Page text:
Frank start-up founder Charlie Javice, accused of defrauding JPMorgan with fake users, previously settled with Department of Education over allegations she misled students

Charlie Javice
Charlie Javice.

Charlie Javice

  • Visitors to Frank’s website could get the mistaken impression that the company was affiliated with the federal government, the Department of Education said in 2017.
  • The Department argued that Frank’s website was “likely to confuse consumers.”
  • The parties settled in 2018 after the Department initiated a trademark violation action.

Years before JP Morgan Chase accused Charlie Javice of fraudulently inventing customers for her student financial aid platform Frank, the 30-year-old fintech founder settled with the federal government over claims that her company could be misleading students. The settlement documents, which were obtained by Insider, showed that Frank was forced to change the name of its website and disclose to consumers it was not affiliated with the federal government.

The Department of Education in 2017 accused Frank of violating its trademark on FAFSA, the Free Application for Federal Student Aid, a form completed by aspiring college students and their families to determine eligibility for various grants and loans. The Department stated in a cease and desist letter that Frank could be misleading applicants looking for the government’s official FAFSA website.

Frank had no official affiliation with the Department of Education, however, and was not recognized as a designated “FAFSA preparer,” according to records viewed by Insider. Frank settled with the Department of Education in 2018.

Javice and Frank have come under scrutiny after the Wall Street Journal reported Tuesday that financial giant JP Morgan Chase, which acquired Frank in 2021, was suing Javice for inventing millions of fake customers to justify the bank’s $175 million acquisition of the startup.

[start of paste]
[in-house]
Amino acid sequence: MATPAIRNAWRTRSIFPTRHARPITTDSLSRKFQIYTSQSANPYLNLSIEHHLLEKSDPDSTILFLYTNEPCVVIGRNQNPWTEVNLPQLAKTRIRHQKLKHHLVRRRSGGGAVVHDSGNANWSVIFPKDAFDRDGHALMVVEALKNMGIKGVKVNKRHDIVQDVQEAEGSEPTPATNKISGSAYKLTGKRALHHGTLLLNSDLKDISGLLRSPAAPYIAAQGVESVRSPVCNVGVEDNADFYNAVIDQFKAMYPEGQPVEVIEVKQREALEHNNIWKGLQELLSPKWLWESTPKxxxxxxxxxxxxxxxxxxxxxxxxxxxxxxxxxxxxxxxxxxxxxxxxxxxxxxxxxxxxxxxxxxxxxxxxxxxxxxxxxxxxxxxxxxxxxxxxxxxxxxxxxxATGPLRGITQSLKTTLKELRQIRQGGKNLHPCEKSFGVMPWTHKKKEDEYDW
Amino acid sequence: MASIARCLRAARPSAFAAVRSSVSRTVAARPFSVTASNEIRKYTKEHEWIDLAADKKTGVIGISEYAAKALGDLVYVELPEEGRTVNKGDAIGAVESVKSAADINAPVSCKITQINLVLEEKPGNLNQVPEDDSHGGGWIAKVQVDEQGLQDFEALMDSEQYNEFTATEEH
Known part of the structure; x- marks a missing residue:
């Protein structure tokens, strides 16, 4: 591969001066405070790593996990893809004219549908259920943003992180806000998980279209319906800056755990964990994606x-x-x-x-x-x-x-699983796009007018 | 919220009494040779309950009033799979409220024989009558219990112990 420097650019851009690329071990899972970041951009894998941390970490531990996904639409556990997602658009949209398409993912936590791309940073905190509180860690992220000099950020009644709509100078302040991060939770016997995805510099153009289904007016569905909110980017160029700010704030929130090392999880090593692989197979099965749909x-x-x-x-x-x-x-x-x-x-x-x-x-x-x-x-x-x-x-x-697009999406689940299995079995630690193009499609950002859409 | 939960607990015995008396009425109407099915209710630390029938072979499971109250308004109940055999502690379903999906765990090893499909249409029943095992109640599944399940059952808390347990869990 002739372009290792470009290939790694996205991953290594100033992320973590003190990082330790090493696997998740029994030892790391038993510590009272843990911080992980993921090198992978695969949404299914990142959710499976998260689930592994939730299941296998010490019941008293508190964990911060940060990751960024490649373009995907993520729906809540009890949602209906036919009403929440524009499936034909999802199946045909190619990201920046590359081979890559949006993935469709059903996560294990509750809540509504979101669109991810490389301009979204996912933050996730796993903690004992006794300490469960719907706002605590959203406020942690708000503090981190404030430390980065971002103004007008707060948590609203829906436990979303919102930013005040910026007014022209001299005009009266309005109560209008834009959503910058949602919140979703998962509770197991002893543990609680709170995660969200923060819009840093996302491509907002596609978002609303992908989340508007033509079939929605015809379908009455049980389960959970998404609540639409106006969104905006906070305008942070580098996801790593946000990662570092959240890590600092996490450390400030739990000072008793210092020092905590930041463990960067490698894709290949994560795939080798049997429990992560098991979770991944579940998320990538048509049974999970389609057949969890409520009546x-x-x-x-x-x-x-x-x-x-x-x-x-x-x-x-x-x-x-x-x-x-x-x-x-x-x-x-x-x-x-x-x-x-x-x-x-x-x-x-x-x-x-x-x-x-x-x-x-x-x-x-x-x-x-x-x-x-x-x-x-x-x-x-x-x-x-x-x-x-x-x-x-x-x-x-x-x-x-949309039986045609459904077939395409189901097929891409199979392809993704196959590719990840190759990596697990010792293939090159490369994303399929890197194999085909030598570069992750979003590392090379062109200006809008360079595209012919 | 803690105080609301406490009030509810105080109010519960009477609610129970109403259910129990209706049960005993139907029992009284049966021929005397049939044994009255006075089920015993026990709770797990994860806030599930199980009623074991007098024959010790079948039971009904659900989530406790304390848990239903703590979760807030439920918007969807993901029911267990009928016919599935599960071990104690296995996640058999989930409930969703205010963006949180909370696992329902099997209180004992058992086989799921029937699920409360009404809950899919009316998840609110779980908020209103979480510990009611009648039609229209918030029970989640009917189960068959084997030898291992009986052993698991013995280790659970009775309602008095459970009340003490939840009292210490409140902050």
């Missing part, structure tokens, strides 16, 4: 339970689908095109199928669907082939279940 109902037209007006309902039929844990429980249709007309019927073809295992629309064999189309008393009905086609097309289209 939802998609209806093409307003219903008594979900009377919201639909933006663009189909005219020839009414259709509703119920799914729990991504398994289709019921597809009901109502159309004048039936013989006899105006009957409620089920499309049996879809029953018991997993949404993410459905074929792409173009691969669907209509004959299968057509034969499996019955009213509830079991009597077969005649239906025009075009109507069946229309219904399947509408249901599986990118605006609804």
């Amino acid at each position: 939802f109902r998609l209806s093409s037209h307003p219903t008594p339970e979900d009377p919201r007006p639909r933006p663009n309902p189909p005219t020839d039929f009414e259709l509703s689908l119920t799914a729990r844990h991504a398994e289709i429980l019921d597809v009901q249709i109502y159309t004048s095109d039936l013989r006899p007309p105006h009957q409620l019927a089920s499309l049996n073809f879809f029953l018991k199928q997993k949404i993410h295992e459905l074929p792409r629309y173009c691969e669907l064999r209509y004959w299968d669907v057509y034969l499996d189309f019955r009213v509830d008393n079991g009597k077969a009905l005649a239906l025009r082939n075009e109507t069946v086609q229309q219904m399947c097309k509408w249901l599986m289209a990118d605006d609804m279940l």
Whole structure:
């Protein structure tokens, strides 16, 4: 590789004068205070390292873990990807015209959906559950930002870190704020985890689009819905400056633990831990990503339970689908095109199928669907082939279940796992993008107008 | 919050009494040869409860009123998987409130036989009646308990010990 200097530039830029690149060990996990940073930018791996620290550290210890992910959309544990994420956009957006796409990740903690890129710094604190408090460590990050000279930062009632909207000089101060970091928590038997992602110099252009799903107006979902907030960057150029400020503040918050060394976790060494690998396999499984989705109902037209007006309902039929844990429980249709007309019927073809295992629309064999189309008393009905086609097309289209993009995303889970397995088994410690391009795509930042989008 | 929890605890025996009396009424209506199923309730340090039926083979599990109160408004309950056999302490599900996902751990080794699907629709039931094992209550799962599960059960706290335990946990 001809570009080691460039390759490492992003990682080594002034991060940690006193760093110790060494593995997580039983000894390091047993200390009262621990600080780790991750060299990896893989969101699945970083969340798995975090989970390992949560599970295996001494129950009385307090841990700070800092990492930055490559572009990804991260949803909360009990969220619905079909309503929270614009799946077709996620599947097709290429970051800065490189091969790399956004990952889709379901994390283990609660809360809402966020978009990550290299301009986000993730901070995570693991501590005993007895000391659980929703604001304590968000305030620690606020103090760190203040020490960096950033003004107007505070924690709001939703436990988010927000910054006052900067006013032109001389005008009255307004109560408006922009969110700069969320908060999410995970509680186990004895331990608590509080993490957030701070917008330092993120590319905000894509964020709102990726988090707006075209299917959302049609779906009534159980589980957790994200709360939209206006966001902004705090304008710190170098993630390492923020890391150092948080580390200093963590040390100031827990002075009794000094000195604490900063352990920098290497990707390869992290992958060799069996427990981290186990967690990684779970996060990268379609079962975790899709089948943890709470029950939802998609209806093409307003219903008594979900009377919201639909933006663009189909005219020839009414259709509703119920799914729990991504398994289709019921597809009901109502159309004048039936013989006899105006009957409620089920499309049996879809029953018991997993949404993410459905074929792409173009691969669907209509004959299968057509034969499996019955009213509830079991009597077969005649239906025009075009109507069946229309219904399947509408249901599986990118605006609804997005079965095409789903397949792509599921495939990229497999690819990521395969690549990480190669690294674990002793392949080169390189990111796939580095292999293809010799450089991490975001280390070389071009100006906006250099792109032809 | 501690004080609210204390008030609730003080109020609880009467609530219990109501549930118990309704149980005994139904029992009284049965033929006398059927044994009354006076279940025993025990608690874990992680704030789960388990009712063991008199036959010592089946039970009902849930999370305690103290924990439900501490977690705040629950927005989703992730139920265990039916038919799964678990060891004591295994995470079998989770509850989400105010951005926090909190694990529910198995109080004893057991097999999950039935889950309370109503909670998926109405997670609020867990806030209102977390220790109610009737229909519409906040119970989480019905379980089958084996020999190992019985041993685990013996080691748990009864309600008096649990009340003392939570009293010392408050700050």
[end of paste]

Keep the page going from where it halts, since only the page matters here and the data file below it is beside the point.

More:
In another suit, filed in December in Delaware, Javice has accused JP Morgan of undermining Frank’s value “by pursuing poorly conceived business plans.” The bank fired her before it would have had to pay her $28 million as part of the acquisition, according to Javice’s suit.

In an email, Javice’s attorney, Alex Spiro, said the settlement was related to “a trademark dispute over a trade name. Nothing more.” Spiro has previously denied JP Morgan’s allegations.

Even before graduating from college in 2013, Javice had been hailed as a wunderkind by a financial sector eager to remake its image in the wake of the 2008 financial crisis. Her focus on building financial products for people traditionally overlooked by banks — poor people and students — earned her a spot on Forbes’s 2019 “30 under 30” list. A Wharton business school video called her “The Voice of a Microfinance Generation.”

In 2017, Frank’s website was, the settlement said. On social media and elsewhere, Frank sometimes referred to the form as “Frank’s FAFSA,” according to the settlement. The domain name in particular “was confusingly similar” to the Department’s website,, “and, therefore, was likely to confuse consumers,” according to the settlement.

Students and their families can fill out the FAFSA for free on Frank offered a free service, but also tried to upsell customers on more expensive packages. For $500, for instance, students and their families could pay Frank to negotiate with schools on their behalf for more financial aid. 

The settlement required Frank to issue disclaimers that it was not affiliated with the Department of Education and move to a new website, 

Insider obtained the settlement through college financing expert Mark Kantrowitz, who said concerns about how Frank characterized its business had prompted him to file a public records request for information about the company with the Department of Education in 2018.

In numerous media interviews, including with Insider, Javice has cast herself as a mold-breaking entrepreneur.

“I built a business and raised funds out of college, turning down a finance job, even though I was told I would fail because I didn’t have business experience,” she told Insider in 2021. “My impatience to achieve my goals helped me see past that ‘conventional wisdom’ to take a risk that landed me where I am today.”

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